Being interviewed under caution - what to expect
Updated: Feb 16
If an incident has happened that involves a criminal offence, you may find that you are either detained and interviewed by the police or you are invited by the police or another regulator to attend a voluntary interview regarding what has happened.
This can be a very intimidating experience; it’s important that you are aware of what is going to happen and that you get legal representation as soon as possible. This will reduce the chances that you will inadvertently make your position worse.
rradar solicitor Rupert Nevin (right) looks at what will happen during an interview under caution.
The purpose of the interview
Interviews can be conducted with a person who has been arrested and detained in Police custody or they can take place on a voluntary basis. The purpose of an interview is to question a suspect in order to obtain evidence about their suspected involvement in an offence.
The Police are required to caution a suspect at the start of the interview, regardless of whether they have been detained for questioning or have attended voluntarily.
The Police Caution is: “You do not have to say anything but it may harm your defence if you do not mention when questioned something you later rely on in court. Anything you do say may be given in evidence”.
The Caution is extremely important as it explains a person’s right to silence during an interview and also warns a suspect about the risks involved in exercising that right, namely that a court may draw adverse inferences if they produce an explanation at court which they failed to mention during the interview.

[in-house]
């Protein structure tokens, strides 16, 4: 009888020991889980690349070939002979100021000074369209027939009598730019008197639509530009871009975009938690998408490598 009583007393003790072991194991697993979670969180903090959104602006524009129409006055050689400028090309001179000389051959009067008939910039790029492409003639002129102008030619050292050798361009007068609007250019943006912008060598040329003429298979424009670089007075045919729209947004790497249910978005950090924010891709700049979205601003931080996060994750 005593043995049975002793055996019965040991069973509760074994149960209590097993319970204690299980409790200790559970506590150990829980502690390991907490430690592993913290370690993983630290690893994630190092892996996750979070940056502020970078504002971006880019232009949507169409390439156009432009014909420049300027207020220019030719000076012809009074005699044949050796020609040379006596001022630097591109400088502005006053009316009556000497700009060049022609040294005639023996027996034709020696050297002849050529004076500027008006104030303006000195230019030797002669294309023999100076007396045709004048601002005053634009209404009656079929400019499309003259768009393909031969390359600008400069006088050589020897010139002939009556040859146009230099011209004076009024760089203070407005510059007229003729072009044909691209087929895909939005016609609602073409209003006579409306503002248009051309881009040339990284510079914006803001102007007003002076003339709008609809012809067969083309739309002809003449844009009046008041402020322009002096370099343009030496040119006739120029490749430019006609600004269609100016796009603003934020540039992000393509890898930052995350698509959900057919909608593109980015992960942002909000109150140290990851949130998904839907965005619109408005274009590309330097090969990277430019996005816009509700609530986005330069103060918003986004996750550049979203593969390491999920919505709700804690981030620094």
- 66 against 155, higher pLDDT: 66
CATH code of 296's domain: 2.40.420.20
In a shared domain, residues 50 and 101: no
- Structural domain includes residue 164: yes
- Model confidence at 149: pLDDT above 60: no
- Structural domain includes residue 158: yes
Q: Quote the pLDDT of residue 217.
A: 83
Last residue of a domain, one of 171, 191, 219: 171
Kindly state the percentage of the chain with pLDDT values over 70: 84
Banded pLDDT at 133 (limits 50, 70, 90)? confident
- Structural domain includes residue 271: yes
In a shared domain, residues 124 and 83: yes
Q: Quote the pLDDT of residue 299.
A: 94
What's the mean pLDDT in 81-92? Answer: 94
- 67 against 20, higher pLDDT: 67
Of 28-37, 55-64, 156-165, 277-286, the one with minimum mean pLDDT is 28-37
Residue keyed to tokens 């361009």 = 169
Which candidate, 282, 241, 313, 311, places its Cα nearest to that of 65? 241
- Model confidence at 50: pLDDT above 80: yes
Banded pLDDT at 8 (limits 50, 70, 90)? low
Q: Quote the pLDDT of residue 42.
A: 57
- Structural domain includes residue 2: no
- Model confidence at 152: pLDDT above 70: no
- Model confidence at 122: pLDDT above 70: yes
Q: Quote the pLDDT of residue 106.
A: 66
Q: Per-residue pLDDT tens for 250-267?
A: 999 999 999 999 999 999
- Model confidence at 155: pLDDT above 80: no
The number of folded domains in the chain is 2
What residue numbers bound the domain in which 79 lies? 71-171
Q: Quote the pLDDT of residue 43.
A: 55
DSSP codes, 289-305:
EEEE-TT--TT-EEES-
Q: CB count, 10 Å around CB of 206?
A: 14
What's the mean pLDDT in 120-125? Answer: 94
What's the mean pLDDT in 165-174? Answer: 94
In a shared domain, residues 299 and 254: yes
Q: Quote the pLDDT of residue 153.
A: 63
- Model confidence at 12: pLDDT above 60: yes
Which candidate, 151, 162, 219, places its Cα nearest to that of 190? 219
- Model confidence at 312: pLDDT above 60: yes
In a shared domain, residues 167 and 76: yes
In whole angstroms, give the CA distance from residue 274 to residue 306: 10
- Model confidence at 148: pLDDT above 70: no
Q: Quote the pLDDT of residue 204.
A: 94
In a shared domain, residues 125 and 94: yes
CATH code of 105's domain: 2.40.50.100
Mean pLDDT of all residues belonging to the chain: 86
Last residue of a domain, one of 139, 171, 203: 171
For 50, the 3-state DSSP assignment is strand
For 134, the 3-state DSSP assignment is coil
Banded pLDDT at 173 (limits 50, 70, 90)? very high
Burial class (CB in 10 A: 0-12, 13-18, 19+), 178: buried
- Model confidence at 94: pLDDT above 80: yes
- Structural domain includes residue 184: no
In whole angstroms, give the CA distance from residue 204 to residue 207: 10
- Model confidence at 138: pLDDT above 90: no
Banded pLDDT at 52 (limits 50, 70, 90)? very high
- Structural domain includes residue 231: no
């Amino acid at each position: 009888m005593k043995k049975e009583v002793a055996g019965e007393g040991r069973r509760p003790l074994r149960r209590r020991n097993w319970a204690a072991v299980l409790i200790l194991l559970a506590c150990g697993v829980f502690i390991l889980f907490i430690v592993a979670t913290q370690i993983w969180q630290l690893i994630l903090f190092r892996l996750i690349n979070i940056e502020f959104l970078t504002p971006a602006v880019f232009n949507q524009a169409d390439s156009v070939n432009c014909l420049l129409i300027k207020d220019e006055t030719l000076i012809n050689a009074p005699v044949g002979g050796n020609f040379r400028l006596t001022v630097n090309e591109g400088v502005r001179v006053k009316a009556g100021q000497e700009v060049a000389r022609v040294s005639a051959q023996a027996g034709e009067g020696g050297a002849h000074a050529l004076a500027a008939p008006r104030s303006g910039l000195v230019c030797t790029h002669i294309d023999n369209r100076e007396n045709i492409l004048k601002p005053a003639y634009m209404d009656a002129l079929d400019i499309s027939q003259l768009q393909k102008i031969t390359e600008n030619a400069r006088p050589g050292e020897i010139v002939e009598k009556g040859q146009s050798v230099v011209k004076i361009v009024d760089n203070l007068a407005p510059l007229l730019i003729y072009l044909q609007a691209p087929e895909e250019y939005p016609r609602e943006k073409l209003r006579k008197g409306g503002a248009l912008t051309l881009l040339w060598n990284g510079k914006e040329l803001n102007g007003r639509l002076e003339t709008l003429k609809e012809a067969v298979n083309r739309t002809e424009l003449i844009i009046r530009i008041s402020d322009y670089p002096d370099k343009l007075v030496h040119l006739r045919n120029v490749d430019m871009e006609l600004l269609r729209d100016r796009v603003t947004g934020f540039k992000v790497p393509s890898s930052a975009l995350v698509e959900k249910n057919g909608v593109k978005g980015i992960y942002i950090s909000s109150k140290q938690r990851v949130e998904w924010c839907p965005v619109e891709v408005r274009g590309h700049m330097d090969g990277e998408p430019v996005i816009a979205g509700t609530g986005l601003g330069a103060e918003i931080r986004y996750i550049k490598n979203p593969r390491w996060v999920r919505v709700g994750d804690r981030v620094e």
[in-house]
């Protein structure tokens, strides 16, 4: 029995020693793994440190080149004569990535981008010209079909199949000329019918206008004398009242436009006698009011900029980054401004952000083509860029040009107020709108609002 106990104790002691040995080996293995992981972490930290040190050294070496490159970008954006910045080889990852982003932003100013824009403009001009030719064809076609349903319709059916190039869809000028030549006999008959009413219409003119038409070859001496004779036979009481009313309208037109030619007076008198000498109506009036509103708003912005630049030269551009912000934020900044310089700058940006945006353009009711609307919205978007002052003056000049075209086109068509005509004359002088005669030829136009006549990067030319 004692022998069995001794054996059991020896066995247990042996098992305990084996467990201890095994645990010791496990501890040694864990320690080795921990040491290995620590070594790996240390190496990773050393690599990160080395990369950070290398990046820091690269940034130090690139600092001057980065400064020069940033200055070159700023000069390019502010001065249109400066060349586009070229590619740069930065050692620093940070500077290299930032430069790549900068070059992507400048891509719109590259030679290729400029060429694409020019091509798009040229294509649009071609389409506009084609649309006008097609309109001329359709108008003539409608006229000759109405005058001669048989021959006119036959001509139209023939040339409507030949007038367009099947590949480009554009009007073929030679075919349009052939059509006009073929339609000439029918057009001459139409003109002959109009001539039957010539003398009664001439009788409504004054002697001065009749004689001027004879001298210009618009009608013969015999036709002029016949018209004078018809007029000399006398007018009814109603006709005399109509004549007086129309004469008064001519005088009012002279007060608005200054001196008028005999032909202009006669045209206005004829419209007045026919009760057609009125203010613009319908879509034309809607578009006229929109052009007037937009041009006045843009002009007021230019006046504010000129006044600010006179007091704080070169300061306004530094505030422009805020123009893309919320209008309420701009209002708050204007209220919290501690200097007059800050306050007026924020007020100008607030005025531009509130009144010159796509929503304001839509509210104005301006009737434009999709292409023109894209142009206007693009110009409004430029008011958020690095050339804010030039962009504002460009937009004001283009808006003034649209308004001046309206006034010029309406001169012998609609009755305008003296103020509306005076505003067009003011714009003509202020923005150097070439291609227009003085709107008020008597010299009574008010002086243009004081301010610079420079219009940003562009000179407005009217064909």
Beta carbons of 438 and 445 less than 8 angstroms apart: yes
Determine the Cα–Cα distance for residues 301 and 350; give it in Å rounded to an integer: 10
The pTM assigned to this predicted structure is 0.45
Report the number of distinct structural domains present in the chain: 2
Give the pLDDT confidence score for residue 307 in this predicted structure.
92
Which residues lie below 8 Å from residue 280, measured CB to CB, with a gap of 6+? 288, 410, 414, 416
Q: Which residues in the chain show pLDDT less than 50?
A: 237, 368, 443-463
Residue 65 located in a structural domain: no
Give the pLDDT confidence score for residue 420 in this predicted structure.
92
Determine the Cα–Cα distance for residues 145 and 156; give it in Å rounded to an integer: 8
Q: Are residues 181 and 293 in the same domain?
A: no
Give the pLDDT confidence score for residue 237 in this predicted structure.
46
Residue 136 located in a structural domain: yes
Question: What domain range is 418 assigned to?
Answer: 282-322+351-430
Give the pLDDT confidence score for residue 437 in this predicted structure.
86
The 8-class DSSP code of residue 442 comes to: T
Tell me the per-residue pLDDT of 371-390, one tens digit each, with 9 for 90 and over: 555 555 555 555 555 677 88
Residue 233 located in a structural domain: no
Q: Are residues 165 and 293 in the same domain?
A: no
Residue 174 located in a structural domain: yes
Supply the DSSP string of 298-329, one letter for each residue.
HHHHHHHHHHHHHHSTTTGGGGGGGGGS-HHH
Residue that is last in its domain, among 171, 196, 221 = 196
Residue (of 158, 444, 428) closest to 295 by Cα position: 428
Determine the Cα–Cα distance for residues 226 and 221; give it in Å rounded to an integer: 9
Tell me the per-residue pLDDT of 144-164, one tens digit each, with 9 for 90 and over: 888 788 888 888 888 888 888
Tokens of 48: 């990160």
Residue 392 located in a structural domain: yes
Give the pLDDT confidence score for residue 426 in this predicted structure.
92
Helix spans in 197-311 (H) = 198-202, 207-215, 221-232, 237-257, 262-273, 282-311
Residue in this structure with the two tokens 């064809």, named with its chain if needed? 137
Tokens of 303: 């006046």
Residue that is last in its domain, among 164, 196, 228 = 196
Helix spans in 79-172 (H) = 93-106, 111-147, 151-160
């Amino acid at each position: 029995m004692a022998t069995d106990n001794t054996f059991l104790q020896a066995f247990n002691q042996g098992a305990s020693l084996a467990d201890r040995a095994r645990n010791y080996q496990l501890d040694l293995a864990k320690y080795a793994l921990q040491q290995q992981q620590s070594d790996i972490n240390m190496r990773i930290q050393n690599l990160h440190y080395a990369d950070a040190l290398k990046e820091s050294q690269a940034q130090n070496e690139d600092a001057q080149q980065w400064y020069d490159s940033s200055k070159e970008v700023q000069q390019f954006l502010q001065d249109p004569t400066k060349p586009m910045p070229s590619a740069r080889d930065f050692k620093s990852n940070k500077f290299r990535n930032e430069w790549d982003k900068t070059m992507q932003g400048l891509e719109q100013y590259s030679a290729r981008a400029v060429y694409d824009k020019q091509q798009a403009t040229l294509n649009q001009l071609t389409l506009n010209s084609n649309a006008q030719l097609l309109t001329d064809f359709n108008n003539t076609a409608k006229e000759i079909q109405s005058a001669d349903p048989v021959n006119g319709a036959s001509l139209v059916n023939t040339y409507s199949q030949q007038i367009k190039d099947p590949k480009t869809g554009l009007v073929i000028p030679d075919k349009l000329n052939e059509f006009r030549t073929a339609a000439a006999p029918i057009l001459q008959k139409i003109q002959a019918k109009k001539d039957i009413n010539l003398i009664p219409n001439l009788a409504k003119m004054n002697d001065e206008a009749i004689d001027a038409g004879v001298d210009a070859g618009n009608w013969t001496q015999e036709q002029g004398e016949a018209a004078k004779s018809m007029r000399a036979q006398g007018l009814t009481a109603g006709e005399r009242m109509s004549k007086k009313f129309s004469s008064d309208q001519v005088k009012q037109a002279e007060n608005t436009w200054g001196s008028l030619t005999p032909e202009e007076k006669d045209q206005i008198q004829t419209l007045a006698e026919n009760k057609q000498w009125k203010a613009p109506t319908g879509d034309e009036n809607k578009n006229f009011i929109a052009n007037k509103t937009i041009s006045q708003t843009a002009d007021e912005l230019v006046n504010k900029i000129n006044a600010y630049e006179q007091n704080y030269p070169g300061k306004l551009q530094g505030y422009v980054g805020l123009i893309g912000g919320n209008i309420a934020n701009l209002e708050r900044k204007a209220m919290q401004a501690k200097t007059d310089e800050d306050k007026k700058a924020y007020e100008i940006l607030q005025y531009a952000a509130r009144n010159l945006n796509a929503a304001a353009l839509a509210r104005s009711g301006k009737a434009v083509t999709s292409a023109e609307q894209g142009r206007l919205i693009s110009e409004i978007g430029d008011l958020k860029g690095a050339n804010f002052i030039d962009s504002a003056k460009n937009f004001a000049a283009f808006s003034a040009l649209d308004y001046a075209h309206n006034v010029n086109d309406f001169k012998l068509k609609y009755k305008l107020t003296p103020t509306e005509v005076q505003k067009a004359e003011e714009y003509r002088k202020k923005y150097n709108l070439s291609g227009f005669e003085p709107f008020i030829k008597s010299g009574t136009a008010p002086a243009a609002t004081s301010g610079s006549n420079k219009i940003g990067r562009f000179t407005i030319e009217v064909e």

The suspect has the right to refuse to answer any questions (“No comment”) or to refuse to answer any specific questions if the answer might incriminate them.
Anyone under the age of 18 or who is vulnerable due to their mental health must have an Appropriate Adult present during an interview. An Appropriate Adult cannot be the suspect’s solicitor and should not be a potential witness to a case.
Everyone interviewed by the Police is entitled to free and independent legal advice from a solicitor of their choice or from the Duty Solicitor. A solicitor of your choice may not be authorised under the scheme to undertake legal aid work and therefore it may be necessary to pay privately if you wish your own solicitor to attend the police station with you. Sometimes the costs will be covered by an insurance policy.
If you are represented by a solicitor, they will receive pre-interview disclosure. This requires the Police to disclose the nature of the offence and why you are suspected of it. The Police are not required to disclose all the evidence they have prior to an interview, particularly if to do so could prejudice the investigation.
As an alternative to answering questions, the solicitor might advise their client to submit a written statement prepared by them which can be read out for the benefit of the recording and then to answer “No comment” to any subsequent questions.
The suspect has the right to ask that the interview be suspended at any time so they can consult privately with their solicitor before continuing.
A suspect who attends voluntarily (not under arrest) has the right to terminate and leave the interview at any time, although if they do so, it is possible they might then be arrested.
At the conclusion of the interview, the suspect will be told what will happen next and told how they can obtain a copy of the recording.
Other regulators such as the HSE, Environment Agency, DVSA and Local Authority officers may also conduct recorded interviews under the Police and Criminal Evidence Act 1984 (PACE), but do not have a power of arrest.
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